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Graham County Makes Flood Insurance Available

By on Mar 26, 2013 in Uncategorized |

March 26, 2013 ATLANTA – Graham County, N.C. is now a participating community in the National Flood Insurance Program (NFIP), which means property owners in unincorporated areas of Graham County can purchase federally-underwritten flood insurance. On March 21, 2013, Graham County was re-instated into the NFIP and is now among nearly 22,000 communities participating in the program nationwide.  The NFIP does more than make flood insurance available; it also supports local communities in their efforts to reduce the risk and consequences of serious flooding. In order to participate in the program, a community must agree to adopt and enforce sound floodplain management regulations and ordinances to reduce future flood damage. In exchange for these practices, flood insurance is available to homeowners, business owners and renters in participating communities. Standard homeowner’s, business owner’s, and renter’s insurance doesn’t cover flood damage, so a separate flood insurance policy can provide property owners with financial protection against the devastating effects of flooding. Flooding is the most common and costly natural disaster in the U.S., so flood insurance is an important consideration for everyone. Even if you don’t live in an area at high-risk of flooding, you should still consider flood insurance because anyone can be financially vulnerable to floods. In fact, about 25 percent of flood insurance claims occur in lower risk flood zones. The NFIP is administered by the Federal Emergency Management Agency which works with nearly 90 private insurance companies to provide flood insurance to property owners and renters in NFIP-participating communities.  Flood insurance policies may be written by state-licensed property and casualty insurance...

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Purchasing – and Maintaining – Flood Insurance is a Great Investment at any Time

By on Mar 21, 2013 in Uncategorized |

March 21, 2013 Flooding strikes countless unprepared Americans each year.  Unlike fire, wind, hail, or most other perils, flood damage is not covered by a homeowner’s policy.  An uninsured flood loss can undo a lifetime’s worth of work and create a mountain of bills.  Fortunately, a National Flood Insurance Program (NFIP) policy provides defense against such losses and can ensure that a flood doesn’t bring financial ruin. Flooding can happen at any time and in nearly any location.  While some areas may be more likely to flood – especially coastal or riverine areas – history shows that almost no place is safe from flooding.  Flooding can have many causes: a quick heavy rainfall or rapid snowmelt can cause flash flooding, a blocked culvert or storm sewer drain can create flooding in a city neighborhood, or prolonged wet weather can swell streams and rivers.  Even dry conditions can pose a threat, because little rainfall in wildfire burn areas or drought stricken regions can create flash flooding when soils can’t absorb even a little water. “Flooding can, and does happen in any area, that’s why I encourage everyone to consider getting flood insurance” said FEMA Region III Administrator MaryAnn Tierney.  “Almost 20% of NFIP claims happen outside of the high-risk areas, so make sure flooding doesn’t wipe you out and insure yourself.” Flood insurance is easy to get, you just have to live in a participating community (which might be a county or other jurisdiction for those living in unincorporated areas).  That’s right; you don’t need to live in a floodplain to purchase a policy.  In fact, if you live outside a floodplain you may be eligible for a preferred risk policy that has a much lower premium than for a policy in a higher flood risk area.  In most cases you can purchase an NFIP policy with the insurance agent you already deal with for other insurance needs.  When that isn’t possible, the NFIP can put you in touch with another agent that can get you a flood insurance policy.  You can find out if your community participates in the NFIP by reviewing the Community Status Book, available at One key difference of an NFIP policy from another insurance...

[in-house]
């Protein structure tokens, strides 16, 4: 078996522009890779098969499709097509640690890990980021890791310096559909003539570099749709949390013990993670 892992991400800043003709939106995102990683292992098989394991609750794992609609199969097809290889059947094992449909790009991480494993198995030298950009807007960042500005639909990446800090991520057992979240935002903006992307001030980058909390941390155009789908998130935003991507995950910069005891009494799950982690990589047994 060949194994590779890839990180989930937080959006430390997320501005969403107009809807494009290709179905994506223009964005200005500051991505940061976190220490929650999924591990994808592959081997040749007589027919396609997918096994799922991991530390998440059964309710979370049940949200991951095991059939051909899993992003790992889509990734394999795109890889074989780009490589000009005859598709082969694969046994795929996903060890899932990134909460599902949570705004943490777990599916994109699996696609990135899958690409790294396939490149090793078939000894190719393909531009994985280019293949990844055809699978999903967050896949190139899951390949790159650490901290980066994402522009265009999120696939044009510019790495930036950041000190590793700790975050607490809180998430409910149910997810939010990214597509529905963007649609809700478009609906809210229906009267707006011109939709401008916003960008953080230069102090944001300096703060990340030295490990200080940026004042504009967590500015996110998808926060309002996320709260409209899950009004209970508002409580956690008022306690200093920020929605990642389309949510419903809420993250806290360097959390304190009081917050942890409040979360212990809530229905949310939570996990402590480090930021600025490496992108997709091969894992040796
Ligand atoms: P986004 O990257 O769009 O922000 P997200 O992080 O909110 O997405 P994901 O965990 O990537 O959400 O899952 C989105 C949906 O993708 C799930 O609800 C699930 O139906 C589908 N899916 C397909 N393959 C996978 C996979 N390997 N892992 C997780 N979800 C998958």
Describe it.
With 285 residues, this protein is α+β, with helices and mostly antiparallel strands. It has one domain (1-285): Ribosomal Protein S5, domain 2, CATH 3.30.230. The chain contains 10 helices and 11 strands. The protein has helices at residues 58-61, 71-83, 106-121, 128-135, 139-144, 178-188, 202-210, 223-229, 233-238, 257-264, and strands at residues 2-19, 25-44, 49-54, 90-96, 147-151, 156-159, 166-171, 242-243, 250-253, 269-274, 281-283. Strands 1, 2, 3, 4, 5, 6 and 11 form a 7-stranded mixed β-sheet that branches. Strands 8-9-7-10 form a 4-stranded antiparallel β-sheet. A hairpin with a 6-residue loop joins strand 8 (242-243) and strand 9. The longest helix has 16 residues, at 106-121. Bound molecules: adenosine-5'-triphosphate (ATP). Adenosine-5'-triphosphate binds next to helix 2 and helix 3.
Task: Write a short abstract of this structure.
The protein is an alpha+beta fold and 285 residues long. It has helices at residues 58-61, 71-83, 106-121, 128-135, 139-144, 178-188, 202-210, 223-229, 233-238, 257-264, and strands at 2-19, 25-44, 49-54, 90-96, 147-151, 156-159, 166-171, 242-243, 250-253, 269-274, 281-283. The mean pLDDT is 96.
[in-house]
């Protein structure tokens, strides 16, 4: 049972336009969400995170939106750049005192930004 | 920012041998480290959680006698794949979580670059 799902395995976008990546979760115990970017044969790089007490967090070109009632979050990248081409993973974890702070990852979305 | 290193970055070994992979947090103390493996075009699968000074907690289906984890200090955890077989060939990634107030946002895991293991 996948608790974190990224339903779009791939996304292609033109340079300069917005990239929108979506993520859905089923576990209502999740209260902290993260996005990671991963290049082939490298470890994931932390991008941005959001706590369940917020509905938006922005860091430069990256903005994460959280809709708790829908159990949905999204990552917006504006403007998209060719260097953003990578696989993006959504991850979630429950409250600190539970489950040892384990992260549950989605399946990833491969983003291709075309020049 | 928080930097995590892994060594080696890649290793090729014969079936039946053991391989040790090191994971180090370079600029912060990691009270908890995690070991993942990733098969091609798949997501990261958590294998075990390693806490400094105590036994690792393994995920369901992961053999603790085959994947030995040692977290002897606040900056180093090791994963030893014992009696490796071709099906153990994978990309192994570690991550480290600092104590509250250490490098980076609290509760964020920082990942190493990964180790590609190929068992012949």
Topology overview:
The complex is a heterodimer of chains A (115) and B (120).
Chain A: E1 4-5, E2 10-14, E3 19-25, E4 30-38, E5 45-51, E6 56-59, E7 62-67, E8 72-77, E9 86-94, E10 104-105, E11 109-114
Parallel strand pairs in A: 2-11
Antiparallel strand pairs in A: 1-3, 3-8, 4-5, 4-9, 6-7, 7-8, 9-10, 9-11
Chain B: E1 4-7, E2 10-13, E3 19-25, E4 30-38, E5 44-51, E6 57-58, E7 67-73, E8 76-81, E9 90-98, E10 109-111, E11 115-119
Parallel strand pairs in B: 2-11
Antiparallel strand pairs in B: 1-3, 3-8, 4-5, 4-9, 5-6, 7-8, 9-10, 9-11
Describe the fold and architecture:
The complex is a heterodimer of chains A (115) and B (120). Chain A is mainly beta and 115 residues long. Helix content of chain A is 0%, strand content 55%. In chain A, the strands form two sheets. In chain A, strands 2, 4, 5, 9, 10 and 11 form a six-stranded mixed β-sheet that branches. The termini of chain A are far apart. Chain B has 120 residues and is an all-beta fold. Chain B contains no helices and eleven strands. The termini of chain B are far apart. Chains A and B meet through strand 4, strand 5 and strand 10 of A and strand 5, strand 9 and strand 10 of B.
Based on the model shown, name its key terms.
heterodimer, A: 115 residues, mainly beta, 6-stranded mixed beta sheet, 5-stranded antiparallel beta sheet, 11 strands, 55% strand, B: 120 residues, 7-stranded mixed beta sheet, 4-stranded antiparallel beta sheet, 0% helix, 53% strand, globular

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There’s More to the NFIP than Just the Policy

By on Mar 19, 2013 in Uncategorized |